Not that furniture making doesn’t have its own challenges, but, having also made furniture, I’ve never been kept awake at night wondering if a drawer is going to fit or not. All of that being said there’s no other type of work I’d rather do. On a daily basis I get to work with various types of exotic wood, mother of pearl, abalone, brass, celluloid, a slew of specialized glues and adhesives, hand tools, power tools, plexiglass, electronics and lacquer. It’s such a varied set of skills that are needed, it takes years to master each of them; there’s just no way to be able to get it out of a book and do it right the first time. It will take at least fifteen to twenty guitars to finally have one you’re comfortable enough to show people. Not to mention that there are vastly different skills needed to build solidbody guitars versus flattop acoustic guitars versus archtop acoustics. My personal favorite style to make is the archtop jazz guitar. I feel that it takes the most honed set of skills, both musical and mechanical, to produce a mastergrade instrument. Carving the top out of spruce and the back out of curly maple takes days and many times it feels as if my arms are going to fall right off. It’s a very nerve-racking exercise too because the raw wood itself is so expensive, that one slip and you’ve got a nice piece of expensive, exotic firewood. Then comes the task of bending the sides over a hot pipe. Exotic wood, especially curly maple, has so many potential fracture points that in an instant… well, more firewood. There’s just no way to practice on other woods to get the feel; mahogany bends different than rosewood which bends different than maple. Not to mention that each individual piece of wood has its own personality; it’s a new adventure each and

every time. Like any of you that makes things from scratch, I can talk about my work all day long, so it’s difficult to write about it because I’ll just assume everybody has the same level of enthusiasm as I do for the type of work I do. But that’s the blessing and the curse, isn’t it? In order to learn our craft we spend years of honing our skills with little or no money from it. In fact, the reason we’re all so good at what we do is because we started doing it out of passion, not out of a need for money. Anytime I’ve ever done anything simply because I wanted the money, it never came out as good and I almost never enjoyed it. The world is slowly filling with junk made by slave labor and cheap materials. For me, I know that even though a good factory-made guitar can easily cost thousands of dollars, I know that it doesn’t necessarily mean you’re getting the best made product of its kind. I’ve done repair work on brand new guitars that cost upwards of three thousand dollars from very famous manufacturers where under the shiny black finish was automobile body filler and cheap wood that you can buy from Home Depot. I’m not exaggerating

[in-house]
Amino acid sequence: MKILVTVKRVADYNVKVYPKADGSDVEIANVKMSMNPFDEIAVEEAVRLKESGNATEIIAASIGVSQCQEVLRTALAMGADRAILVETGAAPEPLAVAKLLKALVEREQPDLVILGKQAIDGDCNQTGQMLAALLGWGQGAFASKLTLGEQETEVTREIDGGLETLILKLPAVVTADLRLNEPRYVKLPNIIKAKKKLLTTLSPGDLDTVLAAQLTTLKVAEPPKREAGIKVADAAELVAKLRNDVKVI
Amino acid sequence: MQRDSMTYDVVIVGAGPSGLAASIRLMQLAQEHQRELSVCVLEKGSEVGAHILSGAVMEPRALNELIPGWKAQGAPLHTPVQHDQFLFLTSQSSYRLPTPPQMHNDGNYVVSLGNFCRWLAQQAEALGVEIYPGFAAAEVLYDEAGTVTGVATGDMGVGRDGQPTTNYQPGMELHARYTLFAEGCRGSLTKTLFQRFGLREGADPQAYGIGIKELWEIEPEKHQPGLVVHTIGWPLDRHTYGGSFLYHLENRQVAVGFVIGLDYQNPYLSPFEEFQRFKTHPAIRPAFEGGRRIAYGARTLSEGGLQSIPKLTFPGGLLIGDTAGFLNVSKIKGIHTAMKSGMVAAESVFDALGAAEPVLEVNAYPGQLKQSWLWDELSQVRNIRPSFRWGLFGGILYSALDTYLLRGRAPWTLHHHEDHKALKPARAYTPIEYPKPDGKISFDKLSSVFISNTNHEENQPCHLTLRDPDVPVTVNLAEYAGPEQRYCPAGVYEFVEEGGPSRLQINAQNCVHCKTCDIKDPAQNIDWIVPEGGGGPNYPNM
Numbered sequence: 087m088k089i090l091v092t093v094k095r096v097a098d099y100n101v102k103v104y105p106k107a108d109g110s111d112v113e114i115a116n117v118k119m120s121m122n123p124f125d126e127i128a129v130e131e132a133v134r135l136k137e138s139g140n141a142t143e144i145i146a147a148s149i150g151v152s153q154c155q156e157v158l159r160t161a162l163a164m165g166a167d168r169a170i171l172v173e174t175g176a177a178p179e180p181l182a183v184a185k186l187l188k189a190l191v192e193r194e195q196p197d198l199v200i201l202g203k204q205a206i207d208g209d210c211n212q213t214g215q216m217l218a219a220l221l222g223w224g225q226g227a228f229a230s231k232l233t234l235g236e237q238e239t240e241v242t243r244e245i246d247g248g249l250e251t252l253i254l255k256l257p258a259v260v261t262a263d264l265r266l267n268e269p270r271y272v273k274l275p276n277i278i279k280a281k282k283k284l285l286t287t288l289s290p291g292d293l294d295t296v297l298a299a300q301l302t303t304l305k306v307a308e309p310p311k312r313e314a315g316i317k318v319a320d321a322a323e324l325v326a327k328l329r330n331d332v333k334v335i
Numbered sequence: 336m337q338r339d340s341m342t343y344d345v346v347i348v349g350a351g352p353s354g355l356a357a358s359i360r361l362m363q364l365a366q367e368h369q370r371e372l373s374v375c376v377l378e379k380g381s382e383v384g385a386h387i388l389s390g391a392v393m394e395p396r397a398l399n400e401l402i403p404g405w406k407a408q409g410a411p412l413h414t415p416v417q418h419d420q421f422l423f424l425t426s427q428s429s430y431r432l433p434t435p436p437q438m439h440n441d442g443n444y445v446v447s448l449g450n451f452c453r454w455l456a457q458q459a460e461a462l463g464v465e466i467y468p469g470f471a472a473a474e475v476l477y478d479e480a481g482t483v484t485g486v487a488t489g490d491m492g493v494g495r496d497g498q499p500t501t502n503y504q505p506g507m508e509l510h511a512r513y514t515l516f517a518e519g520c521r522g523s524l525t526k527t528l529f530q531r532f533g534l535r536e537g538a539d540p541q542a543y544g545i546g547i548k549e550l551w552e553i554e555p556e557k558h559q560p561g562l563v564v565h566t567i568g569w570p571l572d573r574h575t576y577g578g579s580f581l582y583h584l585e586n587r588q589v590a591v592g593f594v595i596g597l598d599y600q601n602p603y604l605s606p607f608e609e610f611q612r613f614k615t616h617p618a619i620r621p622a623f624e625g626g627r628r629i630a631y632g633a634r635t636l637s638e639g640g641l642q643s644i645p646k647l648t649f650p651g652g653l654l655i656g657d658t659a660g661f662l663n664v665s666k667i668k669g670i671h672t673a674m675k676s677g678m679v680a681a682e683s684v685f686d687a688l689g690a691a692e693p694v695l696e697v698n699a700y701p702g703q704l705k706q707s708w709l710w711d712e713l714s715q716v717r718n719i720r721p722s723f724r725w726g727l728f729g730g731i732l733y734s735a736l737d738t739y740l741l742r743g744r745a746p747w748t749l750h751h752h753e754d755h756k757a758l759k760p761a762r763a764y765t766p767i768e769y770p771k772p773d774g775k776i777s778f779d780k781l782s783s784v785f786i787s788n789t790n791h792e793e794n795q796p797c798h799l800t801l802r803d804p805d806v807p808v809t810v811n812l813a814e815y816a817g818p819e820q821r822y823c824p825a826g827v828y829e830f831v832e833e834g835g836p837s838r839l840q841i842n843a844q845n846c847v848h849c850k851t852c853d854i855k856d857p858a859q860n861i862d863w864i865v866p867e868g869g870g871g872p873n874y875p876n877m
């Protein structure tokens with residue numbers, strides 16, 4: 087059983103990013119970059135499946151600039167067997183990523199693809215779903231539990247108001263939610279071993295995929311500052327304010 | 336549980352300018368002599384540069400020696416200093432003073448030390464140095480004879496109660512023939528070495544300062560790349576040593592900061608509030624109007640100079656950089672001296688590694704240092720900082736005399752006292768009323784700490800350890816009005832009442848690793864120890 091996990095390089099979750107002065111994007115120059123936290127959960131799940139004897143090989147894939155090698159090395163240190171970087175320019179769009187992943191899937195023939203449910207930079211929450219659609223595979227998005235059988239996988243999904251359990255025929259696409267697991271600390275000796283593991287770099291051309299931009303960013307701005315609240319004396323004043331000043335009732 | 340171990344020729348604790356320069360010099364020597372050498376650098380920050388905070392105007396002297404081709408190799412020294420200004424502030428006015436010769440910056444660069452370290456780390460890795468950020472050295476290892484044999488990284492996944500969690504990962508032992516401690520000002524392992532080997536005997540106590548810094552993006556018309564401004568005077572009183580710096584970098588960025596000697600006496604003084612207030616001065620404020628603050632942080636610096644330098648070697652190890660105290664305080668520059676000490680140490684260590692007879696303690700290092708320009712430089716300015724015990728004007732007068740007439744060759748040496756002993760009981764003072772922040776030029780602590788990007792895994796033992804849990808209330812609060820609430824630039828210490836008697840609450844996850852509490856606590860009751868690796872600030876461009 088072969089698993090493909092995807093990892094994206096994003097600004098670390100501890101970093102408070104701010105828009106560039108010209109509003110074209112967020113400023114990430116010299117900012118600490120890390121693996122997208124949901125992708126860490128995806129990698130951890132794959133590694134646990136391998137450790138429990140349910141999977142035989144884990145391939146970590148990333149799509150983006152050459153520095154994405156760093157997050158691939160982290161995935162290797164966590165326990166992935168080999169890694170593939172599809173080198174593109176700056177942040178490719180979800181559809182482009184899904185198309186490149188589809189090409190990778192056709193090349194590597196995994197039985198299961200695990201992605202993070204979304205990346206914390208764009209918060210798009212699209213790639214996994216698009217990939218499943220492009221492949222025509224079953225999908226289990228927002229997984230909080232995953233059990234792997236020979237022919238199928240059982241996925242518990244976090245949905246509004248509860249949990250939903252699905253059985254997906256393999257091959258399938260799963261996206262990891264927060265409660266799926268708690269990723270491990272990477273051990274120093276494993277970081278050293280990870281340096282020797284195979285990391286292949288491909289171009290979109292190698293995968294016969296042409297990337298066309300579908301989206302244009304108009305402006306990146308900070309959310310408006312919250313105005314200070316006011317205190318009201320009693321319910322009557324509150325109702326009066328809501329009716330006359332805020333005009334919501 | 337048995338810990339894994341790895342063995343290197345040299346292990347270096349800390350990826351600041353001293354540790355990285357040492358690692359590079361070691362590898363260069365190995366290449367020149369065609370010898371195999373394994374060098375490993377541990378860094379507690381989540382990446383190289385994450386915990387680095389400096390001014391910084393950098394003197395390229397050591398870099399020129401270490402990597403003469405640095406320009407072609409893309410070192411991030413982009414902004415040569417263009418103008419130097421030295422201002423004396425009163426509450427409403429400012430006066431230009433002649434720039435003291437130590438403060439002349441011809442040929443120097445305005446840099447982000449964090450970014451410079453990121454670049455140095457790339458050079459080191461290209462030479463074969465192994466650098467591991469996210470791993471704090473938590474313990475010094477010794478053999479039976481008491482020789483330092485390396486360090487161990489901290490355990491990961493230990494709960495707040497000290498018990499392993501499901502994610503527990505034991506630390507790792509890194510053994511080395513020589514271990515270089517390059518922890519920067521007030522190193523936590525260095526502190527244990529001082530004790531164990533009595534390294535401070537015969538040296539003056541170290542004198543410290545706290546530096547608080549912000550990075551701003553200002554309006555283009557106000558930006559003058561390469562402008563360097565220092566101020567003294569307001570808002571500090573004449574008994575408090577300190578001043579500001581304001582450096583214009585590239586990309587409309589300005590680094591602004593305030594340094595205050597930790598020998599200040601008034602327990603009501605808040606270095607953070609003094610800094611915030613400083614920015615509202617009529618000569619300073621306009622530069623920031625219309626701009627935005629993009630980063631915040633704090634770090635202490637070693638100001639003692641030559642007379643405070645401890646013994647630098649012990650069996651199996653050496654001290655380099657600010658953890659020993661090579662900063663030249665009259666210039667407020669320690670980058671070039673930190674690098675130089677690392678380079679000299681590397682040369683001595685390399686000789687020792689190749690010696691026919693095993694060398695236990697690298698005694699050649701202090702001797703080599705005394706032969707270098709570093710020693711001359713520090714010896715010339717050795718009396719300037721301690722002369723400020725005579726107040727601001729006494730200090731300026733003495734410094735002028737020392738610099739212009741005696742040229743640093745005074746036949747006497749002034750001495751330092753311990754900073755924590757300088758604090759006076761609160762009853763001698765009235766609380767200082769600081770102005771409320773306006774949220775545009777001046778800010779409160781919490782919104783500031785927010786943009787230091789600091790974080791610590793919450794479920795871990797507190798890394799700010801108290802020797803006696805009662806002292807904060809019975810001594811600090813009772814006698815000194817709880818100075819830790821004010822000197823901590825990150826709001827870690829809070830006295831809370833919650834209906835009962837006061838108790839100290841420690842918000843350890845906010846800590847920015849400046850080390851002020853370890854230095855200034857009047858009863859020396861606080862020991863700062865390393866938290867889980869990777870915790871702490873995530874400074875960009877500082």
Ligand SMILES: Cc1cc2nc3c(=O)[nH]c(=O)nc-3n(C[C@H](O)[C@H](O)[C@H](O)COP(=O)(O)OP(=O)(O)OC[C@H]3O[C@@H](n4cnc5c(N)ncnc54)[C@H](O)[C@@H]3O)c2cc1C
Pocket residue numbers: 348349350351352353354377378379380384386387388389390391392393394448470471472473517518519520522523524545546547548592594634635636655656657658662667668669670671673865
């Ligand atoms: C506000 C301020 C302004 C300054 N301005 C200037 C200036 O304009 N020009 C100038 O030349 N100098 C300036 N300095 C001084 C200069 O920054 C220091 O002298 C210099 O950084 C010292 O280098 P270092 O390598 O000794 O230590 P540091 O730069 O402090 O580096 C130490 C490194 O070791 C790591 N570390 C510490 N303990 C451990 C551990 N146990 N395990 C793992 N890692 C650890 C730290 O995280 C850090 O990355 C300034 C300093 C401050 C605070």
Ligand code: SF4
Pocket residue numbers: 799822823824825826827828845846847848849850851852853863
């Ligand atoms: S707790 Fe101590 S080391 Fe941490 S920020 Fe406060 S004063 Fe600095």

either. I’ve seen this so many times it could make you sick. As made-by-hand people, we must strive to produce products that far exceed what is factory-made. Lets not let old-world craftsmanship slip away. People deserve more for their money than their currently getting. I’m on a mission.

You can find the Denver Guitar Guy at: www.kathguitars.com www.etsy.com/shop/RockyMountainSou nds


Written By Maritza from La Luna Ranchwear

This project is for a memor� wired coiled bracelet. It is so simple, you will find yourself making so many of them, and they make g�eat holiday presents, and can be done for ever� season! A g�eat f�n idea is to take old ear�ings that are kind of f�nky, and add them as char�s. I always buy ‘weird’ looking ear�ings, and them place them as char�s

f�n Wire Bracelet Memory wire - 2 or 3 loops Jump rings Charms Silver tone spacers Lots of different beads Wire cutters Round nose pliers Flat nose pliers.

textures, place some crystal, shiny beads here and there. You 1. With round nose pliers make a slide the beads tightly next to the other as you work, keeping the small loop at the end of your spacing even and adding the memory wire. Try to get it as close as possible to the other wire charm, continue to the end. as you curl inwards, towards the outside may be a little harder. 2. Place a small bead next to it, leaving the little loop at the end to attach a larger charm. Gather the charms and the jump rings, and secure the charms to them. Start beading the wrapped coil. 3. Place a larger bead, then a Smaller one, some spacers, and just make sure that you keep about the smaller distance between all the beads and your charms. It is a lot of fun, just to pair different colours,